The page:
Over the first three months of the program, the tow trucks responded to more than 14,000 stalls and collisions. The response and clearance times for SAFEclear are well under the initial targets for response. Tow trucks responded to more than 89 percent of incidents in less than the 6-minute target. The events were cleared in less than 20 minutes 77 percent of the time. Less than 2 percent of the incidents took longer than 90 minutes to clear. Although the program is relatively new, over the first four months of the program there was a 10 percent reduction in the number of collisions on the freeways compared to the same four months in 2003 and 2004. Comparisons of travel time data from Transtar indicate that travel delay will be 1.8 million hours lower in 2005 than expected given the traffic growth rate. Travel time reliability, as measured by the amount of extra travel time to accomplish a trip during the worst day of the month, also stabilized in 2005 after being 16 percent worse in 2004 than in 2003. Not all of these improvements can be traced to SAFEclear but the improvements in congestion and collisions represent more than $70 million in savings to Houstonians. In addition, vehicle repair and collision paperwork activities are being conducted in places well away from flowing traffic.25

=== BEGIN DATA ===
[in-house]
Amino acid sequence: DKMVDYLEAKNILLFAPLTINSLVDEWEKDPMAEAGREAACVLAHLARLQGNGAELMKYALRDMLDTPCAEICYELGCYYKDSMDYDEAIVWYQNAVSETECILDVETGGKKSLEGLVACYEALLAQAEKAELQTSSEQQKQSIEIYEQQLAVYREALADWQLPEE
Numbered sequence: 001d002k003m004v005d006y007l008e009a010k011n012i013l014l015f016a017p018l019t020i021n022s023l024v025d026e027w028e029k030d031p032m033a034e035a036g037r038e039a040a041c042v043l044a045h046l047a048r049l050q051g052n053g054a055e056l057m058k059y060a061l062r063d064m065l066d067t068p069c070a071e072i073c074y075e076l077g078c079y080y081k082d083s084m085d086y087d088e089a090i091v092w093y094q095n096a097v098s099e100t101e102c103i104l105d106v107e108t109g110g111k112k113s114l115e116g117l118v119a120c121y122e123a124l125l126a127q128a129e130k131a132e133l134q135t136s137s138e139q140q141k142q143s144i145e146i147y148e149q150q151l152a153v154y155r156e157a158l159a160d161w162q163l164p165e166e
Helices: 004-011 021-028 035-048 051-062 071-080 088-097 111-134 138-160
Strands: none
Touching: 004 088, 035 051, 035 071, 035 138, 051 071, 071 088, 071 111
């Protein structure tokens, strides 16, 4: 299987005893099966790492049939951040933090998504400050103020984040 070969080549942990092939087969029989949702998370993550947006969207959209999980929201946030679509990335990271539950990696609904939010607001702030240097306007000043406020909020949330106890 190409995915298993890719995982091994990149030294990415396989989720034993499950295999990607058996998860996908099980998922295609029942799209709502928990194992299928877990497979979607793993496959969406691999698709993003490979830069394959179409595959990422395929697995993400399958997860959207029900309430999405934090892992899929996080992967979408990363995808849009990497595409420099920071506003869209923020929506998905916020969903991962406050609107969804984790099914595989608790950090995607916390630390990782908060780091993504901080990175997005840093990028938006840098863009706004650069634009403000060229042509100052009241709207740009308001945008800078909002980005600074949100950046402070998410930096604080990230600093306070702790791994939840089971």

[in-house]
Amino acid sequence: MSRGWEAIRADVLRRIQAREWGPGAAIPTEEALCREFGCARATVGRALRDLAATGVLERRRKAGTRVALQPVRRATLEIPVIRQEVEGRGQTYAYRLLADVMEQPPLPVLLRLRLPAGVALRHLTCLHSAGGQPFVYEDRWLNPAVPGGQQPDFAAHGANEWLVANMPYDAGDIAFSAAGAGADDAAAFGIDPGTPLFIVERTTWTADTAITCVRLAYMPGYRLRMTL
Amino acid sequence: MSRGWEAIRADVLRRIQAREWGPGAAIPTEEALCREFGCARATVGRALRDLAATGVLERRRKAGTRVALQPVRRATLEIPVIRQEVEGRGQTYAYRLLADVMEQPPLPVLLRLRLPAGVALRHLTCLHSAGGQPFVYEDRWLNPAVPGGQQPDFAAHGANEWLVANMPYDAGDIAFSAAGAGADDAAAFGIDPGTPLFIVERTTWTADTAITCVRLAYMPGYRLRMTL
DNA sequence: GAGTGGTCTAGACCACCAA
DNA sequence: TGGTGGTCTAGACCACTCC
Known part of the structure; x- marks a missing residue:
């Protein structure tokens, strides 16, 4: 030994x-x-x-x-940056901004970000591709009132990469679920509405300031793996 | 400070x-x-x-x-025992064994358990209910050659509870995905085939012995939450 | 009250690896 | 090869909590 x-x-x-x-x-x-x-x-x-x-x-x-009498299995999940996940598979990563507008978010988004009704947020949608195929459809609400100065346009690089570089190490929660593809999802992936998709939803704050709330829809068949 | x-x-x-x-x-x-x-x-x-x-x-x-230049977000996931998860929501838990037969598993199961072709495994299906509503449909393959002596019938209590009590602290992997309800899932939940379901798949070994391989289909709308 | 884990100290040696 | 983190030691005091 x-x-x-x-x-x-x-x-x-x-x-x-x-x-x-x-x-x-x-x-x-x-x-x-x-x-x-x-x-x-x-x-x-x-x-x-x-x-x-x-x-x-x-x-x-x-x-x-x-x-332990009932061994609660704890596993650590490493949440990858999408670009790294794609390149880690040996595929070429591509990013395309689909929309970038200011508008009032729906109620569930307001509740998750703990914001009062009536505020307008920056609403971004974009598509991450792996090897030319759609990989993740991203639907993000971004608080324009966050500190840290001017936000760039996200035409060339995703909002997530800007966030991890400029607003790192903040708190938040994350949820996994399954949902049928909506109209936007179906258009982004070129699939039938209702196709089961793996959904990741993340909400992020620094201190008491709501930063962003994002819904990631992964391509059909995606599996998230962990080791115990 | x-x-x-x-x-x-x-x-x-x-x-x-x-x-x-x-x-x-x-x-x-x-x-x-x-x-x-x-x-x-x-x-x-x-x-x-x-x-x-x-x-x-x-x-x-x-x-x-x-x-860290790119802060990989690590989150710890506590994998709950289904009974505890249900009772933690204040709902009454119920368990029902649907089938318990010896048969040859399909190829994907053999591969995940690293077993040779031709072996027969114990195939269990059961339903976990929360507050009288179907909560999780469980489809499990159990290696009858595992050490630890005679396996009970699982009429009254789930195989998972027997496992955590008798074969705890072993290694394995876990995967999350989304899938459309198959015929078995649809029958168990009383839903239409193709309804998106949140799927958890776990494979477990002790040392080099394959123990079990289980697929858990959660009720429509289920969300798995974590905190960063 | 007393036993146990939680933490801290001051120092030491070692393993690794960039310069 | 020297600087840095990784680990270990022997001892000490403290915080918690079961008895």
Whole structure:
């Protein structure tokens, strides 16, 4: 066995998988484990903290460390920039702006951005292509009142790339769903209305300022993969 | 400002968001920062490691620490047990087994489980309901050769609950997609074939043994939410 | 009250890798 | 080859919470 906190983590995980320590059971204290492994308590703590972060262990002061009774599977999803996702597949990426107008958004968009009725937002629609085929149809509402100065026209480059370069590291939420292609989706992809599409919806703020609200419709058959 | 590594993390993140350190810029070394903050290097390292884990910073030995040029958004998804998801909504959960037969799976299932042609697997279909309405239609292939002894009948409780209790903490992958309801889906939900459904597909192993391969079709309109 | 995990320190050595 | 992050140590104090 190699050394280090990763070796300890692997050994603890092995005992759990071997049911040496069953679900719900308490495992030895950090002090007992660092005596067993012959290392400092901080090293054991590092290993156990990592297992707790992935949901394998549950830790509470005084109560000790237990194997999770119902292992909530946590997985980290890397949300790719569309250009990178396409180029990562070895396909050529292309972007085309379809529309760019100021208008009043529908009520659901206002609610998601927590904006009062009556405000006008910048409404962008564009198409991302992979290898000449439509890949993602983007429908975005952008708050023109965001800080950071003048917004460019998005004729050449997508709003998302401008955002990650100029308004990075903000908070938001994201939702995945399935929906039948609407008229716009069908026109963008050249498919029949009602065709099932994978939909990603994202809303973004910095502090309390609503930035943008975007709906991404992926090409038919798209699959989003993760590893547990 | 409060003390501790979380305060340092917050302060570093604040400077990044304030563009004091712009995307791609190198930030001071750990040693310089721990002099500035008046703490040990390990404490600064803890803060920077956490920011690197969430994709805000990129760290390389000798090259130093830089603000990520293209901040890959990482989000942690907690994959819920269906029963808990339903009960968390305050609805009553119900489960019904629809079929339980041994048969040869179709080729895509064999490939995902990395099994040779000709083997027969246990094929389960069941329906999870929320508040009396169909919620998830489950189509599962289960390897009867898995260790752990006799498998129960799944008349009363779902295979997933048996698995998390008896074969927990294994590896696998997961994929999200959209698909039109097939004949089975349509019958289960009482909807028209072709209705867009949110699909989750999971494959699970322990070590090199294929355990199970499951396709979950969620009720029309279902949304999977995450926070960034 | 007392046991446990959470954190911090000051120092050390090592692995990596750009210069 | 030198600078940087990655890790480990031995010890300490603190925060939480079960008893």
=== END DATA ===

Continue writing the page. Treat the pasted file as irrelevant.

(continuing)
WSDOT's Integrated Operations Programs in the Puget Sound region and Seattle. Managing the transportation system to provide the best service and most efficient use of the limited space is a growing trend in major urban areas. But the Washington State DOT has been aggressively pursuing these kind of improvements for many years. An innovative combination of technology, policies, and resource allocation has provided travelers in Washington with more reliable travel times, fewer collisions, and more efficient use of the available funding.

Key aspects of the approach include:

The approach concentrates on addressing everyday congestion problems, as well as the weather, collisions or vehicle breakdowns that cause the frustrating variations in travel times as well as safety, environmental and other negative effects. The management approach includes projects and programs, but starts with aggressive action and performance measurement. The improvements in travel time reliability and decline in congestion in some areas of Puget Sound, begin with the adage "Do Something and Measure It." The attitude is reflected in the equipment and personnel assigned to incident response, the technology and attention to adjusting the ramp meters and the incorporation of performance evaluation into operating practices and public communication.